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Br J Ophthalmol doi:10.1136/bjophthalmol-2011-300663
  • Clinical science

Cerebrospinal fluid exchange in the optic nerve in normal-tension glaucoma

  1. Gregor P Jaggi1
  1. 1Department of Ophthalmology, Kantonsspital Aarau, Switzerland
  2. 2Eye Institute, University of Basel, Basel, Switzerland
  3. 3Wilmer Ophthalmological Institute, Johns Hopkins Hospital, Baltimore, Maryland, USA
  4. 4Hamilton Glaucoma Center, University of California, San Diego, California, USA
  5. 5Department of Ophthalmology, University of California, San Diego, California, USA
  6. 6Department of Neuroradiology, Kantonsspital Aarau, Switzerland
  1. Correspondence to Professor Dr Hanspeter Esriel Killer, Kantonsspital Aarau, CH-5001 Aarau, Switzerland; killer{at}ksa.ch
  1. Contributors All authors contributed equally to this paper.

  • Accepted 19 October 2011
  • Published Online First 24 November 2011

Abstract

Aim To report on the cerebrospinal fluid (CSF) exchange between the intracranial spaces (ie, basal cisterns) and the subarachnoid space (SAS) of the optic nerve (ON) in subjects with normal-tension glaucoma (NTG) compared with control subjects without NTG or other forms of glaucoma.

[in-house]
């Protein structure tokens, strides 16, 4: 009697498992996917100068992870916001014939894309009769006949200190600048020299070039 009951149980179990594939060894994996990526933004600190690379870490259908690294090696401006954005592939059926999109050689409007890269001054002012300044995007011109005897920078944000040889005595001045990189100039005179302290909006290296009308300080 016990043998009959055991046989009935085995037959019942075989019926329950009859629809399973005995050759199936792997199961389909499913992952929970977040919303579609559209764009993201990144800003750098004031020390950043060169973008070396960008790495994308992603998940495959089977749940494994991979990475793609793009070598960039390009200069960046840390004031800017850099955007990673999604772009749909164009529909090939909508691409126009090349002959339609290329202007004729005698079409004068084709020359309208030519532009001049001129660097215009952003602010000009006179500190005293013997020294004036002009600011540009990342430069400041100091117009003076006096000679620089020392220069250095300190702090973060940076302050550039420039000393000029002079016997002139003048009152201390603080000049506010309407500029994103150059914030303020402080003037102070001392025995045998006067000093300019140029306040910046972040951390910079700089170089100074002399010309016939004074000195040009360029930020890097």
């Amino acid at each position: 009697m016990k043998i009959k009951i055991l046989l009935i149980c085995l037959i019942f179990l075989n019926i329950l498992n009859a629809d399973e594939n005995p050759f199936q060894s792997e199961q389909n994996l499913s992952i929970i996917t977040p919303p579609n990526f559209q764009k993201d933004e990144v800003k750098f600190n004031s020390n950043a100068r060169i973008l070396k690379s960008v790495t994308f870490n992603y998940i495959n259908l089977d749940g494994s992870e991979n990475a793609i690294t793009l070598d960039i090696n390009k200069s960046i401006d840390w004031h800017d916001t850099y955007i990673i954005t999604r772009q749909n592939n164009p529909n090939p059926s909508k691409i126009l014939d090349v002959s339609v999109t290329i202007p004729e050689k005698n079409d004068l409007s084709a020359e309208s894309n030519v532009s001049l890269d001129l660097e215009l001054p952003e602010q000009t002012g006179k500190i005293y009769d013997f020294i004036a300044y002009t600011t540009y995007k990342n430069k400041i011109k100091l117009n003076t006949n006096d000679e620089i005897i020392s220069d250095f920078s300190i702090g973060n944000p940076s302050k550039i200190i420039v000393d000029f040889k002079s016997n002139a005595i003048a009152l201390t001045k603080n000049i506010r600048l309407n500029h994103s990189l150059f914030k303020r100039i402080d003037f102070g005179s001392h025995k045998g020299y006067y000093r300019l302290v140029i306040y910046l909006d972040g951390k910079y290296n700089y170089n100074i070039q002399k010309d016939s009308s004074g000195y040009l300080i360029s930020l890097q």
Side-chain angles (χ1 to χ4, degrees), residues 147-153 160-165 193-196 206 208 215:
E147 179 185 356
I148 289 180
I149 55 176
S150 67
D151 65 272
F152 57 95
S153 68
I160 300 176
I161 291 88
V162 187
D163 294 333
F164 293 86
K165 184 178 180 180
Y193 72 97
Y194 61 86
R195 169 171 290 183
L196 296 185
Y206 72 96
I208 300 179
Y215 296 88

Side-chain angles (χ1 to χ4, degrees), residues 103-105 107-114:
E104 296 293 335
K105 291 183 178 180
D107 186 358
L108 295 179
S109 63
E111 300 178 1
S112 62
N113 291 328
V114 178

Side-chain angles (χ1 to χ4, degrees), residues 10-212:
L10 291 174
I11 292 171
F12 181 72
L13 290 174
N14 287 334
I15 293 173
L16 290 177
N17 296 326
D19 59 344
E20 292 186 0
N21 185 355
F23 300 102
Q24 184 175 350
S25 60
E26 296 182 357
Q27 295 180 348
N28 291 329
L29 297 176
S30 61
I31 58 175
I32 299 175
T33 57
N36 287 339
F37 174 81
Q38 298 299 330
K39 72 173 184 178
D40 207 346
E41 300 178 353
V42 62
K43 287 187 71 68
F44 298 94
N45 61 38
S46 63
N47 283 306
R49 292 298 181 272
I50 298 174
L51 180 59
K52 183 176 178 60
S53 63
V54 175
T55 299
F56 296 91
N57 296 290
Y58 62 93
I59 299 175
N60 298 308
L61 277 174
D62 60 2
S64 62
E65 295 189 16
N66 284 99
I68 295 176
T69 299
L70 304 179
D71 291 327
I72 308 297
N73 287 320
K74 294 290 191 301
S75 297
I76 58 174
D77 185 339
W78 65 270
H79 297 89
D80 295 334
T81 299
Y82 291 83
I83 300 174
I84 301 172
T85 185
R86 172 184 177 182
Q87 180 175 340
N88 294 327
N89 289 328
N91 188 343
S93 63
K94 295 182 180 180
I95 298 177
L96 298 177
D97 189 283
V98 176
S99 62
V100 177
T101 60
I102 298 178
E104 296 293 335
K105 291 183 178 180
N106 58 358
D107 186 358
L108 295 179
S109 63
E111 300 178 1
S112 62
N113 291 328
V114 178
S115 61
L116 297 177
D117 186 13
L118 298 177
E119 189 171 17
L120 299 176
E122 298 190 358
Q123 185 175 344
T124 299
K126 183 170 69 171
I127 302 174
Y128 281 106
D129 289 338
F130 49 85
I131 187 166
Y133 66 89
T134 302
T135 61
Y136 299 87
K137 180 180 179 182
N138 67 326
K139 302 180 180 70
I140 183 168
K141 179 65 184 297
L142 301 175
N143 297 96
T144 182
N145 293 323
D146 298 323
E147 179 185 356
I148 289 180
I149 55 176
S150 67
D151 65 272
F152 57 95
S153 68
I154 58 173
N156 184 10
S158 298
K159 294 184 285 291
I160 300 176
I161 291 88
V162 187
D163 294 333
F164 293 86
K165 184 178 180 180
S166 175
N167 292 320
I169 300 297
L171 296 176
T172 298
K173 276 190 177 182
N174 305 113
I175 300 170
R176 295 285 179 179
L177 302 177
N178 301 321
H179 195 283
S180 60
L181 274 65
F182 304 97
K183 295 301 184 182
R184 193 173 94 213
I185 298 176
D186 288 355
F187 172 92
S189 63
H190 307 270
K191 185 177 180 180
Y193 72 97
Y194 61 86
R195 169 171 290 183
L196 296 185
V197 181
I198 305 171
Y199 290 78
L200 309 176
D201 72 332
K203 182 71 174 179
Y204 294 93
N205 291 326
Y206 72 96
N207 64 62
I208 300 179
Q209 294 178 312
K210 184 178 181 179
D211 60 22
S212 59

Methods CT cisternography of the brain and orbits was performed in 18 patients with NTG (7 women, 11 men; mean age 64.9±8.9 years) and in four patients without glaucoma or intracranial disease (4 women; mean age 62.8±18.4 years). The density of contrast-loaded cerebrospinal fluid (CLCSF) in the intracranial spaces and in the SAS surrounding the ONs was measured in Hounsfield units.

Study design Unmasked, prospective series. Statistical analysis was performed using an independent two-tailed t test and the non-parametric Spearman correlation test.

Results The density of CLCSF in the SAS surrounding the ONs in the NTG group was significantly reduced compared with its density in the intracranial CSF spaces and in the SAS of ONs measured in the control group (p=0.006). There were no significant differences between men and women within the NTG group (p>0.35).

Conclusions The finding of a difference in the concentration gradients between the CLCSF within the intracranial spaces and the SAS of the ONs in this group of NTG patients compared with control subjects supports the hypothesis of a disturbed CSF exchange between the CSF in the intracranial spaces and the CSF in the SAS surrounding the ONs. The disturbance of CSF dynamics in this specific CSF pathway can be explained by ON compartmentation. The clinical importance of this finding warrants further investigation.

Footnotes

  • Competing interests None.

  • Ethics approval This study was conducted with the approval of the ethical committee of the hospital and the local government—Kantonales Ethikkommittee Aargau.

  • Provenance and peer review Not commissioned; externally peer reviewed.

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